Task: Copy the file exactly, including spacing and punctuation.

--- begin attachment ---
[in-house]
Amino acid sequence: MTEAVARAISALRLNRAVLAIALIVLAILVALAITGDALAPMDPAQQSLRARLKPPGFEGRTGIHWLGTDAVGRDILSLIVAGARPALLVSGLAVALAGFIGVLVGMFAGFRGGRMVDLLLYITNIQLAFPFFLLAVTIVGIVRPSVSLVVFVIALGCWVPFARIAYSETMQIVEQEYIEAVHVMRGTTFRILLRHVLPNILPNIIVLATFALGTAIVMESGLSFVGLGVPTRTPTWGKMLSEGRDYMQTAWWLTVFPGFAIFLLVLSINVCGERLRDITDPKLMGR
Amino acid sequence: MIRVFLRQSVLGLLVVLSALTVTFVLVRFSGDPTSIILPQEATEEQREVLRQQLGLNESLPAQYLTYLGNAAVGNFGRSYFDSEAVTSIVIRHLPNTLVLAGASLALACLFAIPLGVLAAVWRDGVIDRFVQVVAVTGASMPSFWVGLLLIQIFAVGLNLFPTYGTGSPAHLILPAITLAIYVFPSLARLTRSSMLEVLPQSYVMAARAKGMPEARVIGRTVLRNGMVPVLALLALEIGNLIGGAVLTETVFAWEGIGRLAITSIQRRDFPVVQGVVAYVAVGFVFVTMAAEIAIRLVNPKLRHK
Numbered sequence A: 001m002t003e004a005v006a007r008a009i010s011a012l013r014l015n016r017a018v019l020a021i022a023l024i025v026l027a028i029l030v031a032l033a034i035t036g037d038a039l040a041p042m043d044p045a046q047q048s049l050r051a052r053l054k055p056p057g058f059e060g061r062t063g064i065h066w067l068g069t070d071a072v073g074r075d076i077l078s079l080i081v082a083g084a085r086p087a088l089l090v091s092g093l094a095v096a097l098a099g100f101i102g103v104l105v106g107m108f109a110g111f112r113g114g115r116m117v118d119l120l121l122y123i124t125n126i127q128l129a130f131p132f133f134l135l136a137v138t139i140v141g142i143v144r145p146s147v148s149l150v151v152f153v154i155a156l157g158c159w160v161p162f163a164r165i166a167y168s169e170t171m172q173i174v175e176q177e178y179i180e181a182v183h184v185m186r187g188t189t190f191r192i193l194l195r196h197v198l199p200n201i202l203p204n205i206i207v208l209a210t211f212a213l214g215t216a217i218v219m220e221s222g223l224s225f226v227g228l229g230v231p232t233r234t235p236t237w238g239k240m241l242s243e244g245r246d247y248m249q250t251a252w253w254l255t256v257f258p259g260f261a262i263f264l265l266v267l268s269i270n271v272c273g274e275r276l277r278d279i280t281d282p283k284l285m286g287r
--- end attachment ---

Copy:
[in-house]
Amino acid sequence: MTEAVARAISALRLNRAVLAIALIVLAILVALAITGDALAPMDPAQQSLRARLKPPGFEGRTGIHWLGTDAVGRDILSLIVAGARPALLVSGLAVALAGFIGVLVGMFAGFRGGRMVDLLLYITNIQLAFPFFLLAVTIVGIVRPSVSLVVFVIALGCWVPFARIAYSETMQIVEQEYIEAVHVMRGTTFRILLRHVLPNILPNIIVLATFALGTAIVMESGLSFVGLGVPTRTPTWGKMLSEGRDYMQTAWWLTVFPGFAIFLLVLSINVCGERLRDITDPKLMGR
Amino acid sequence: MIRVFLRQSVLGLLVVLSALTVTFVLVRFSGDPTSIILPQEATEEQREVLRQQLGLNESLPAQYLTYLGNAAVGNFGRSYFDSEAVTSIVIRHLPNTLVLAGASLALACLFAIPLGVLAAVWRDGVIDRFVQVVAVTGASMPSFWVGLLLIQIFAVGLNLFPTYGTGSPAHLILPAITLAIYVFPSLARLTRSSMLEVLPQSYVMAARAKGMPEARVIGRTVLRNGMVPVLALLALEIGNLIGGAVLTETVFAWEGIGRLAITSIQRRDFPVVQGVVAYVAVGFVFVTMAAEIAIRLVNPKLRHK
Numbered sequence A: 001m002t003e004a005v006a007r008a009i010s011a012l013r014l015n016r017a018v019l020a021i022a023l024i025v026l027a028i029l030v031a032l033a034i035t036g037d038a039l040a041p042m043d044p045a046q047q048s049l050r051a052r053l054k055p056p057g058f059e060g061r062t063g064i065h066w067l068g069t070d071a072v073g074r075d076i077l078s079l080i081v082a083g084a085r086p087a088l089l090v091s092g093l094a095v096a097l098a099g100f101i102g103v104l105v106g107m108f109a110g111f112r113g114g115r116m117v118d119l120l121l122y123i124t125n126i127q128l129a130f131p132f133f134l135l136a137v138t139i140v141g142i143v144r145p146s147v148s149l150v151v152f153v154i155a156l157g158c159w160v161p162f163a164r165i166a167y168s169e170t171m172q173i174v175e176q177e178y179i180e181a182v183h184v185m186r187g188t189t190f191r192i193l194l195r196h197v198l199p200n201i202l203p204n205i206i207v208l209a210t211f212a213l214g215t216a217i218v219m220e221s222g223l224s225f226v227g228l229g230v231p232t233r234t235p236t237w238g239k240m241l242s243e244g245r246d247y248m249q250t251a252w253w254l255t256v257f258p259g260f261a262i263f264l265l266v267l268s269i270n271v272c273g274e275r276l277r278d279i280t281d282p283k284l285m286g287r